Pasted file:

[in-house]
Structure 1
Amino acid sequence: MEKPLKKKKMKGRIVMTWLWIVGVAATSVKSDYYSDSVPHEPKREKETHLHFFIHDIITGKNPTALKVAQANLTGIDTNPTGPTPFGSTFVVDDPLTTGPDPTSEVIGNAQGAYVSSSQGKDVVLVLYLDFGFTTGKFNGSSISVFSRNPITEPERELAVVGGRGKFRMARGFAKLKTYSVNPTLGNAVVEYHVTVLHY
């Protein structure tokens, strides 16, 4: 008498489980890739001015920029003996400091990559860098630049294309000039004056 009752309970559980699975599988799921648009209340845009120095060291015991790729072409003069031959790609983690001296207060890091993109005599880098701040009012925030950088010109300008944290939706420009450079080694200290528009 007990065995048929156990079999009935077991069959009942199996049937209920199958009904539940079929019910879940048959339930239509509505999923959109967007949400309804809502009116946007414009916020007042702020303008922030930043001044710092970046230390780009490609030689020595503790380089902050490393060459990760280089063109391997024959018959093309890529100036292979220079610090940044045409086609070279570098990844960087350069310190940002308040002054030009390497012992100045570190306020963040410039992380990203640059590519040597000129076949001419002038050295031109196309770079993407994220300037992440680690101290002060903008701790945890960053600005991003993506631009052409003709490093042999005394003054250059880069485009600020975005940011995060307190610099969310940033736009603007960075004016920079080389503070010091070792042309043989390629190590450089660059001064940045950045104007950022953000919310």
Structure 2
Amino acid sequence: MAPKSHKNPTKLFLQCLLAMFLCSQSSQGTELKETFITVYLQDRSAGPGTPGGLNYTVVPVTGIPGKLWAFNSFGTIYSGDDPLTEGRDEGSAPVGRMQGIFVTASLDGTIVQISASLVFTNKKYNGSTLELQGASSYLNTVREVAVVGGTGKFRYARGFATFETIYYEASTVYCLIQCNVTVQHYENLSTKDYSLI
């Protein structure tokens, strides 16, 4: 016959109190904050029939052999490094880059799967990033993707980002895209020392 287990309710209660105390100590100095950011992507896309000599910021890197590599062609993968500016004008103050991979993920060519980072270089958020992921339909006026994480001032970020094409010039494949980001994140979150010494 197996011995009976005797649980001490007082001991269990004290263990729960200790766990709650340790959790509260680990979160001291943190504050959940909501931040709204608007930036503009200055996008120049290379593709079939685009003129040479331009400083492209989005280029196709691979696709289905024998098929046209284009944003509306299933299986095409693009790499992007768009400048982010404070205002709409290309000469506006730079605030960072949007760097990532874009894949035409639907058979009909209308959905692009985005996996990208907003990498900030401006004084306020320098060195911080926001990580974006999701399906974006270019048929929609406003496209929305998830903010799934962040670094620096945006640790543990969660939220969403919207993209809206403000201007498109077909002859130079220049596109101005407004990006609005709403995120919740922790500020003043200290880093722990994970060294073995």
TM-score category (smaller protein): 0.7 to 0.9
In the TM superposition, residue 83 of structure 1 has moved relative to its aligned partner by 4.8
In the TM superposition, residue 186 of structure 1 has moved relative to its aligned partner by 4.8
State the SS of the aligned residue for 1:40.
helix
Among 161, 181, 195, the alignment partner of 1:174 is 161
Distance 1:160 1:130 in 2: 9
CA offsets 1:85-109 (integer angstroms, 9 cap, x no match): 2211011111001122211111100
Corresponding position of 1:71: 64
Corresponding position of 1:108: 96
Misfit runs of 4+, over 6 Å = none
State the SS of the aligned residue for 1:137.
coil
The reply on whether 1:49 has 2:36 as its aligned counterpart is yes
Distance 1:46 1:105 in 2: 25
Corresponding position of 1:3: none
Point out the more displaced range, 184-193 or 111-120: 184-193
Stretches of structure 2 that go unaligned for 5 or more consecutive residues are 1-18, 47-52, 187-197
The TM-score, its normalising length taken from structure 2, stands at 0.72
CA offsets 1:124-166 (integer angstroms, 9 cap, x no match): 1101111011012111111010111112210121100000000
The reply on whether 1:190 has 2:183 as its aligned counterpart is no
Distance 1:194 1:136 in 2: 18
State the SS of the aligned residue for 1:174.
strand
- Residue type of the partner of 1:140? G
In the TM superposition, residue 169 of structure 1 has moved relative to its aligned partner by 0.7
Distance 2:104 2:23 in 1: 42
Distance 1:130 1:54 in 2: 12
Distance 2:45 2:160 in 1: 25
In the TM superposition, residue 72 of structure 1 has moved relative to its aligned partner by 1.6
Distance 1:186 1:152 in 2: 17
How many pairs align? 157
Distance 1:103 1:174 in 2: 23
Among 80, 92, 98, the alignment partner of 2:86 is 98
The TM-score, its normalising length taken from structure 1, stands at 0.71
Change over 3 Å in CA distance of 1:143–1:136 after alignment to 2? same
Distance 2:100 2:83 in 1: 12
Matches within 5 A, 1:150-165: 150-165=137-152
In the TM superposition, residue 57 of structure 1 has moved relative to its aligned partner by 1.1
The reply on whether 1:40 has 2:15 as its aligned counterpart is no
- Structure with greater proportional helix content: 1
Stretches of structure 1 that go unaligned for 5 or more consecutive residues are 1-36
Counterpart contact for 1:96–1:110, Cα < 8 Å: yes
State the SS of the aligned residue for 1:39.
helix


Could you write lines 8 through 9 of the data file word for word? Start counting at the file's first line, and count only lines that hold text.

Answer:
TM-score category (smaller protein): 0.7 to 0.9
In the TM superposition, residue 83 of structure 1 has moved relative to its aligned partner by 4.8